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‘We don’t do it for clinical improvements, we do it to relax patients’: How complementary therapies are helping Manchester hospital’s renal unit

Glamourous 80-year-old Ann Critchley, who travels to the Salford Hope dialysis unit three times a week for her four hourly dialysis sessions, was quick to praise the work of Christine, her therapist as she massaged deep into Ann’s ankles and lower legs.

‘It’s such a treat for me’, said Ann. ‘I have a session with Christine every Tuesday morning and now I really look forward to coming into the unit for this’.

Offering this range of complementary therapies to dialysing patients was the brainchild of renal consultant, Dr Janet Hegarty.

Patient Ann Critchley, 80, surrounded by the team on the Salford Hope dialysis unit; Ann travels to the unit three times a week for the four-hour dialysis treatment and says complementary therapies offered by the practitioners have made a huge difference
Therapists Janet Cairnie, left, and Christine with Ann; the team, who offer treatments including massage therapies, wear purple uniforms to make themselves easily identifiable to patients

Dr Hegarty had witnessed the benefits of massage and a range of complementary therapies experienced by patients being treated for cancer and felt strongly that dialysis patients would, and should be offered the opportunity to benefit in the same way.

‘Sitting still for four hours is enough to test a person’s endurance even if they have good physical health, so why wouldn’t you look at ways to ease the back and neck pain associated with sitting still for long periods of time and the sometimes awful leg cramps suffered by a large proportion of dialysis patients who have to come in and sit still for this length of time three times a week?’.

Dr Janet hegarty

Dr Hegarty sourced funding for one full time therapist, and now the dialysis unit at Salford Hope employs Janet Cairnie, a Member of the Federation of Holistic Therapists, to lead a team of volunteer therapists. Janet and her team all work exclusively on the large dialysis unit there to offer a range of therapies to the patients as they dialyse.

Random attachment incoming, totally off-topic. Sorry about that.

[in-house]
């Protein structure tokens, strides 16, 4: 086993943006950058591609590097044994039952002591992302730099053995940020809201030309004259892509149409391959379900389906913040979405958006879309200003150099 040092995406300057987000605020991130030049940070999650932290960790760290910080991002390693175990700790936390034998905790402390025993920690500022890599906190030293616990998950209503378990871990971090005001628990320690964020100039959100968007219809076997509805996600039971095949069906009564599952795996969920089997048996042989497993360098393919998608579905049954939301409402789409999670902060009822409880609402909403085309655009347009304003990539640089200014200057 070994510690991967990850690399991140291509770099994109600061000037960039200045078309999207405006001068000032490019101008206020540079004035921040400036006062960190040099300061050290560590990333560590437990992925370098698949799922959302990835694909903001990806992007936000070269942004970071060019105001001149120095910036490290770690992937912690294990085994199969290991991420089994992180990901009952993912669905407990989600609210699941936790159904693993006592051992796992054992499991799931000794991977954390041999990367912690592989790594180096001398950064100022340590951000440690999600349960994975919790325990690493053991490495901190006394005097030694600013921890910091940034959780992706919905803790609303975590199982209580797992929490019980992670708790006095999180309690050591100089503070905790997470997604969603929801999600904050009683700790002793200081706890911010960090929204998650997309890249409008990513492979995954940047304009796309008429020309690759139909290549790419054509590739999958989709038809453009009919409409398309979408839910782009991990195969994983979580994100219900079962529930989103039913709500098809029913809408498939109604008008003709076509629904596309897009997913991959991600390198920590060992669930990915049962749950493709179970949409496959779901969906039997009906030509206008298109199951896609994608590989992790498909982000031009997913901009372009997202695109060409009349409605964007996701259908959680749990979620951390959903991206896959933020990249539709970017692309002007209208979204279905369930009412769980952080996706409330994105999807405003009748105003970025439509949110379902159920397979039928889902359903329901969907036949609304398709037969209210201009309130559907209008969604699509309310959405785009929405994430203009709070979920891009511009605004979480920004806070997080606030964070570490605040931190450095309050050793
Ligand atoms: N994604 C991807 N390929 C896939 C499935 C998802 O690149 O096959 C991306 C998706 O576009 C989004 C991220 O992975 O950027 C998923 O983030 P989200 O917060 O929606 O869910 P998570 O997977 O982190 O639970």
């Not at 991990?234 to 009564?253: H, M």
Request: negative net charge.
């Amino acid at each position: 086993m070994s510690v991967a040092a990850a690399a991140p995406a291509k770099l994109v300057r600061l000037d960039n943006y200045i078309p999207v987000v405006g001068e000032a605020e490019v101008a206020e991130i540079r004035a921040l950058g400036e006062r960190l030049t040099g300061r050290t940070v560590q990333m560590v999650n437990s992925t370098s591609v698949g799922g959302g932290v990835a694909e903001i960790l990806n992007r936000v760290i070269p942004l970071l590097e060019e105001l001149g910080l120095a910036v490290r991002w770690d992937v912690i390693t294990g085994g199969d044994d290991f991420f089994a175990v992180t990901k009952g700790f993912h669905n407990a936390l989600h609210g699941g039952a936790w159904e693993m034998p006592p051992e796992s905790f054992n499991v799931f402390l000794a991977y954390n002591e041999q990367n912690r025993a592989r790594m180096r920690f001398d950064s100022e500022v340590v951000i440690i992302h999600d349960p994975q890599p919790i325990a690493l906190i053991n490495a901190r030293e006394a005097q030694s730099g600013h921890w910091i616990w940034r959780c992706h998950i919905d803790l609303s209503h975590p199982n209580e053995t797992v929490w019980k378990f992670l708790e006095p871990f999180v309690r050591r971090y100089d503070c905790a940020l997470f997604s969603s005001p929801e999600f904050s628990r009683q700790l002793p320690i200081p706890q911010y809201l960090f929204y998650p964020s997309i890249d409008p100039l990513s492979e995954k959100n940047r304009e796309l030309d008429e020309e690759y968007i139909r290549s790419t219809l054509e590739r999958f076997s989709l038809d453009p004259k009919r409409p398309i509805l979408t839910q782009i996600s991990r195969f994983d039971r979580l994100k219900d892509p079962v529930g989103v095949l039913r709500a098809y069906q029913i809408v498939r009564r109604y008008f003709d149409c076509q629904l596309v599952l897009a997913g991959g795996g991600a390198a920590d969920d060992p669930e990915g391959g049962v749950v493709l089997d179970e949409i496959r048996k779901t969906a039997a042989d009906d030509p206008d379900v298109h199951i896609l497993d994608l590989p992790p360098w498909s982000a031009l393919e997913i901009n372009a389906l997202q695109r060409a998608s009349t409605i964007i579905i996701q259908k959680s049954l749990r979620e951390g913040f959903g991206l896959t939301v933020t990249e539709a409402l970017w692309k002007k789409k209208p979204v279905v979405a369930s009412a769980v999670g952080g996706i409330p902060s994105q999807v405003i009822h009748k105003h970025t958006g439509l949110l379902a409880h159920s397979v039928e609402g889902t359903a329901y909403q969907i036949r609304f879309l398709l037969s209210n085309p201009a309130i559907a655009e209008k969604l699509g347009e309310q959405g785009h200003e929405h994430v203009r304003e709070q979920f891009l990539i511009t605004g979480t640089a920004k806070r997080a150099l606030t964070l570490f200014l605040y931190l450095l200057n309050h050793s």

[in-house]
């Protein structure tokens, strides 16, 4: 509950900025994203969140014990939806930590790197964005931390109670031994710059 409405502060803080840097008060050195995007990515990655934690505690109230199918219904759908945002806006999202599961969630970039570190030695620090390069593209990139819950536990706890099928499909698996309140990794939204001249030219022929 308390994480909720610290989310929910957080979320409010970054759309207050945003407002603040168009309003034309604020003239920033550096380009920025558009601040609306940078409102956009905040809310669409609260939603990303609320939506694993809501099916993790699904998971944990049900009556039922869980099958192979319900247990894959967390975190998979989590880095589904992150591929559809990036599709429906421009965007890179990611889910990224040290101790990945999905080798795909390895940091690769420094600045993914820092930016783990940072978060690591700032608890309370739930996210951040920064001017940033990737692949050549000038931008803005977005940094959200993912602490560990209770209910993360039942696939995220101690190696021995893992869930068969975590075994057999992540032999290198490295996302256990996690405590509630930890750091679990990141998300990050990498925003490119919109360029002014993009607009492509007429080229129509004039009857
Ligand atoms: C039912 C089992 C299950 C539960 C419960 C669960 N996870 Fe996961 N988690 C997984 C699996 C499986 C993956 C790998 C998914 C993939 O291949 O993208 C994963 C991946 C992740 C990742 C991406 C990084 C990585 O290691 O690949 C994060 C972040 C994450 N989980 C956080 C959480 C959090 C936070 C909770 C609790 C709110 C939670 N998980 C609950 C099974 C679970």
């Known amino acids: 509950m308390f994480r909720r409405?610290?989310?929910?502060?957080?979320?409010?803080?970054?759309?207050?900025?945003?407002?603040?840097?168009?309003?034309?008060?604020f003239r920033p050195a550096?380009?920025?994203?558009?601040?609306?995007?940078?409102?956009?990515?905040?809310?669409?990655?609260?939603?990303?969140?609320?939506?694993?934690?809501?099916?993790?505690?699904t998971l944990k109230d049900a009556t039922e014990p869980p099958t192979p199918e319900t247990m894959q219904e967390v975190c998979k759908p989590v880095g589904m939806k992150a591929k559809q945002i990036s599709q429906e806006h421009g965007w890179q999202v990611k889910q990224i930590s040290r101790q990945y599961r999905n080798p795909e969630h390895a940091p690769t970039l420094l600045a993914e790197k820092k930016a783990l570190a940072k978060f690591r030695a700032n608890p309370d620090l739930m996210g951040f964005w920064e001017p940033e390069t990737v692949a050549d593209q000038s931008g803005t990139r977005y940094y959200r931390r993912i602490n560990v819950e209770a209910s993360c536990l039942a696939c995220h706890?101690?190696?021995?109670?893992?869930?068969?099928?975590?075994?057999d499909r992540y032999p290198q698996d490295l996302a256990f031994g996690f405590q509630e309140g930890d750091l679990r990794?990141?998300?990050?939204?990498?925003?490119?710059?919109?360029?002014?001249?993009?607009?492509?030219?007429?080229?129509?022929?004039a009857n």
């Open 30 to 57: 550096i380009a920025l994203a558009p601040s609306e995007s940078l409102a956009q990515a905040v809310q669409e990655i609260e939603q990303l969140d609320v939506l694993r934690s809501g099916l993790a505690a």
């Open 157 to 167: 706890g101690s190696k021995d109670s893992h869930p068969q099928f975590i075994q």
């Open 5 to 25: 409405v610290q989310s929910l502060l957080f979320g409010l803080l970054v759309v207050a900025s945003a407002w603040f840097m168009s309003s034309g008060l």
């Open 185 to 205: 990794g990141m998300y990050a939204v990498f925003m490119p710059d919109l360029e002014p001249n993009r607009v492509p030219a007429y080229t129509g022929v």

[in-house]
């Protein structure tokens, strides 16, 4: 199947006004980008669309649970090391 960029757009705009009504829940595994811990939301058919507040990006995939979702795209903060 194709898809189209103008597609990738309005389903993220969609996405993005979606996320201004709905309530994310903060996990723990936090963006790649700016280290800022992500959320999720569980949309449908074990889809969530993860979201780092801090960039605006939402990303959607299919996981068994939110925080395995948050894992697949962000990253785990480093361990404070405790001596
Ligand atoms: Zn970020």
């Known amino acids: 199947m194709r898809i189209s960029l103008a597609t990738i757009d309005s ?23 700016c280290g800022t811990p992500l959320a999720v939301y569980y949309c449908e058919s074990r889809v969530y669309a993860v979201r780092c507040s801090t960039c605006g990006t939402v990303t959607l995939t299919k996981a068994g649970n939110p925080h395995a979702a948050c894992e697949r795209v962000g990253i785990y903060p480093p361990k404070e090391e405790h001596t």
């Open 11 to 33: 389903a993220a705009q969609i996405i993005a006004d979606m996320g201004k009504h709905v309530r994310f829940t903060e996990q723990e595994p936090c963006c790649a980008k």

Working with the medical team Janet and her team now offer a range of therapies to the dialysis patients at times and in an environment that doesn’t compromise the medical procedures being carried out there.

Janet says ‘We get to know our patients well and we wait until they are all settled into their dialysis session before we go along to see if they would like to book a session with one of the therapists. We follow a strict hygiene protocol to prevent any chance of contaminating the patient’s surroundings.

The programme at Salford Hope is the brainchild of Renal Consultant Dr Janet Hegarty, pictured, who saw the benefits complementary therapies had brought to cancer patients and decided to introduce it on the renal unit

In the early days patients were a bit wary of booking sessions with us, but as soon as we explained that there was no charge to them we became very busy very quickly.’ At present Janet and her team of volunteers are able to offer this service only to the unit based dialysis patients, but the aim is to attract some additional funding so that patients dialysing at home may also benefit from this service. We met three of Janet’s volunteers on our visit to the unit in June.

The whole team wear purple uniforms to make themselves easily identifiable to the patients. Their backgrounds and objectives vary; Musarah had been carer to her sick son and became frustrated at the limited pain relief he had been offered. She was determined to find ways to help him and make his chronic illness a less painful experience, and so turned to complementary therapies.